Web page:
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The Extraordinary Things Hilaire Belloc Could See


National Portrait Gallery London

Tod Worner - published on 06/06/16

Witty and wise, bawdy and sublime, he stops us in our busy tracks and points us to delicate Truth, to poignant Grace

In a modern culture that is adrift, it is good to be reminded of the True, the Good & the Beautiful. Each week it is my humble privilege to offer one selection from an indispensable Canon of essays, speeches & books which will light a candle in the darkness. It is a Canon I have assembled over many years that I hope will challenge & inspire each reader. But most importantly, I hope it will remind us of what is True in an age of untruth. And if we know what is True, we are more apt to do what is Right.

He was a coarse man.

Of course he was.

Born in the midst of an unforgiving French lightning storm, he was nicknamed “Old Thunder”… and his temperament justified it. Hilaire Belloc was a man of fiery passion and deep conviction. He was known to barge uninvited into the basement of friends. Unwashed and stinking from a weeks-long pilgrimage, he would curse and bellow for beer and bacon as he roughly rummaged through a larder not his own. In his political career he bristled at broadsides attacking his Catholicism and retorted,

I am a Catholic. As far as possible I go to Mass every day. This is a rosary. As far as possible, I kneel down and tell these beads every day. If you reject me on account of my religion, I shall thank God that He has spared me the indignity of being your representative!”

And few could forget the Sailor, Belloc’s brusque alter ego in his novel, The Four Men, when he sang his Christmas carol titled “Noel”:

“May all good fellows that here agree
Drink Audit Ale in heaven with me,

And may all my enemies go to hell!

Noel! Noel! Noel! Noel!

May all my enemies go to hell!

Noel! Noel!”

Surely, he was a coarse man.

But he could see.

The brilliant Father James Schall, S.J. called Hilaire Belloc nothing less than “the best essayist in our language.” Surely, this prized accolade is warranted based on style and wit alone.

But Hilaire Belloc’s fine distinction is most apropos because he could see something that most of us have missed. And in the midst of personal tragedy, professional setbacks and political defeats, Belloc captured that keen vision into utter poetry. Witty and wise, bawdy and sublime, he stops us in our over-rushed tracks and points us to delicate Truth, to poignant Grace.  Just consider an excerpt from his essay, “On an Unknown Country”:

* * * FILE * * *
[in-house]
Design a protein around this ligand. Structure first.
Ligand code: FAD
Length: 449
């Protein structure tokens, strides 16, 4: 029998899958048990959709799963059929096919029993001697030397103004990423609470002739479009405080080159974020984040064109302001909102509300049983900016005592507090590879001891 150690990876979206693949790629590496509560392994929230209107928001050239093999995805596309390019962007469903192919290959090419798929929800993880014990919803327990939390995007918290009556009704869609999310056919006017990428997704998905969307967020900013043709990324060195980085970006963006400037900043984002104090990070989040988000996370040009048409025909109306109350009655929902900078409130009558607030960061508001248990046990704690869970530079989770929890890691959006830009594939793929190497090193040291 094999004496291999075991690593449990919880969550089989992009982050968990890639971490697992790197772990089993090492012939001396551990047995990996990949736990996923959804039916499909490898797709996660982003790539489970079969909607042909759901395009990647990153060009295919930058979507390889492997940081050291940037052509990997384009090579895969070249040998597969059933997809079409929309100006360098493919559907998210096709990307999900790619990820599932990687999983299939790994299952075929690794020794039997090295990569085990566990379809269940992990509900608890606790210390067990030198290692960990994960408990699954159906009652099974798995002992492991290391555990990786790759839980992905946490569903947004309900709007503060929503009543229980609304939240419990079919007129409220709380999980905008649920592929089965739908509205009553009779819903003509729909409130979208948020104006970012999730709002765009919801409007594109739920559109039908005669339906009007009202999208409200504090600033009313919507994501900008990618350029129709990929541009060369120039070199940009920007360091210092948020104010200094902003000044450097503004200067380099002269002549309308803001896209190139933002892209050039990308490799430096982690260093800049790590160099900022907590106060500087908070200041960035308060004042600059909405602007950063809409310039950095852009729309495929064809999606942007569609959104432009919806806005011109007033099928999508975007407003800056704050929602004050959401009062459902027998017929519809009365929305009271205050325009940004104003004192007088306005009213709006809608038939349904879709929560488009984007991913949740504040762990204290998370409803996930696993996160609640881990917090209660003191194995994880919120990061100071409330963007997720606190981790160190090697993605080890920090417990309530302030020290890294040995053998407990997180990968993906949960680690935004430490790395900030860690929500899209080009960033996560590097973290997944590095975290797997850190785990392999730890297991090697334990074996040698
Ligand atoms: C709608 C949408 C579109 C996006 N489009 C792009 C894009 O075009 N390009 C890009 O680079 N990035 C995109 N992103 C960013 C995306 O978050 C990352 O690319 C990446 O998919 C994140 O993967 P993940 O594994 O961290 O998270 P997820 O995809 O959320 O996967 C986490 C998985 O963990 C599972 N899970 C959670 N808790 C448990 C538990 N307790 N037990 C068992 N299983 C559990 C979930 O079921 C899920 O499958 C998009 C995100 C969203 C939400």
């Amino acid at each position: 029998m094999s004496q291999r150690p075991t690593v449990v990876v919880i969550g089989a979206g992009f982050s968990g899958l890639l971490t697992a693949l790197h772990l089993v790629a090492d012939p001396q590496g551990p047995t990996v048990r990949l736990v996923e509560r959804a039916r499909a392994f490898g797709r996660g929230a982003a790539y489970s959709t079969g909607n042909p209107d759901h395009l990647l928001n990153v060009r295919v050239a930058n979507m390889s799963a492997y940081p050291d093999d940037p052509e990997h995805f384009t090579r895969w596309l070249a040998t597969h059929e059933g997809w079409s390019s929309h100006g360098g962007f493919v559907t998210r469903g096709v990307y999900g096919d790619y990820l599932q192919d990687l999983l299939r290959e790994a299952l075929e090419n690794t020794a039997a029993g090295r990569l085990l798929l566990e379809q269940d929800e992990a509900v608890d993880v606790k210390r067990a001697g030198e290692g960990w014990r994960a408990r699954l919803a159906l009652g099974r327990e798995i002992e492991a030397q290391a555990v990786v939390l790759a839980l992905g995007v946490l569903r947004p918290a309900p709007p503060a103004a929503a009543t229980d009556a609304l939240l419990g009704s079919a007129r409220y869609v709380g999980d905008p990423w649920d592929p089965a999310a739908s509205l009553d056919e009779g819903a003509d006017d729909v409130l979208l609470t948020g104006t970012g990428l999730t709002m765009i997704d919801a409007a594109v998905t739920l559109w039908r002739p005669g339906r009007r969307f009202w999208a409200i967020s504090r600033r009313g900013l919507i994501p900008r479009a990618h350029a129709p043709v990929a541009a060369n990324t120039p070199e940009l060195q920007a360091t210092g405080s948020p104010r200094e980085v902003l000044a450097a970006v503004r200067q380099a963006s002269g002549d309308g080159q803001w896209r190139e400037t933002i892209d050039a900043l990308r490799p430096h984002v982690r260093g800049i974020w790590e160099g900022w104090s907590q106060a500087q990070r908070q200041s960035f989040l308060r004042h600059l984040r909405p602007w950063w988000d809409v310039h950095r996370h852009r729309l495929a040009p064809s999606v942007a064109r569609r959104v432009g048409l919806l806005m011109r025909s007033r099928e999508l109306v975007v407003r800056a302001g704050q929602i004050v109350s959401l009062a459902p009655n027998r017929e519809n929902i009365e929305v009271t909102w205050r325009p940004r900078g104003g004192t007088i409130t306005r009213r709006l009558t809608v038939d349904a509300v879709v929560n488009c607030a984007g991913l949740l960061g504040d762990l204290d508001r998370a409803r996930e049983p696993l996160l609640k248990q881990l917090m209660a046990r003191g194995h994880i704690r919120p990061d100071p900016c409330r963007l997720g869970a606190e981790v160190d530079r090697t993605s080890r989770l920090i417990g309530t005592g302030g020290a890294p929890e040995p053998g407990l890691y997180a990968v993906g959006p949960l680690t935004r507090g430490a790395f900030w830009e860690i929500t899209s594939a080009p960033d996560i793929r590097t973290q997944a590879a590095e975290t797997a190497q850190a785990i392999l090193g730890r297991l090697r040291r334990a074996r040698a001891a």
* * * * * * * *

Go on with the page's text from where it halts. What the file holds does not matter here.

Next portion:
“There was a shepherd the other day up at Findon Fair who had come from the east by Lewes with sheep, and who had in his eyes that reminiscence of horizons which makes the eyes of shepherds and of mountaineers different from the eyes of other men. He was occupied when I came upon him in pulling Mr. Fulton’s sheep by one hind leg so that they should go the way they were desired to go. It happened that day that Mr. Fulton’s sheep were not sold, and the shepherd went driving them back through Findon Village, and up on to the high Downs. I went with him to hear what he had to say, for shepherds talk quite differently from other men. And when we came on to the shoulder of Chanctonbury and looked down upon the Weald, which stretched out like the Plains of Heaven, he said to me: “I never come here but it seems like a different place down below, and as though it were not the place where I have gone afoot with sheep under the hills. It seems different when you are looking down at it.” He added that he had never known why. Then I knew that he, like myself, was perpetually in perception of the Unknown Country, and I was very pleased. But we did not say anything more to each other about it until we got down into Steyning. Then we drank together and we still said nothing more about it, so that to this day all we know of the matter is what we knew when we started, and what you knew when I began to write this, and what you are now no further informed upon, namely, that there is an Unknown Country lying beneath the places that we know, and appearing only in moments of revelation.

Whether we shall reach this country at last or whether we shall not, it is impossible to determine.”

At first, Belloc’s list of unfamiliar locales distracts … but then his genius becomes clear. The places only provide a setting so tangible, so palpable that we almost overlook what they are for: a venue for eternal verities to kiss common people.

Hilaire Belloc was a coarse man. But he had “in his eyes that reminiscence of horizons which makes the eyes of shepherds and of mountaineers different from the eyes of other men.” This helped him to hear the laughter of angels and to feel the softest kiss of Grace. This helped him to see. And in seeing, he caught glimpses of the revealed God – and his Unknown Country – while the rest of us dust by in our hurry to less important things.

Perhaps it is time that we change our eyes.

Perhaps, like Hilaire Belloc, it is time for us to see.

To read Hilaire Belloc’s essay “On an Unknown Country” in its entirety, please click here.

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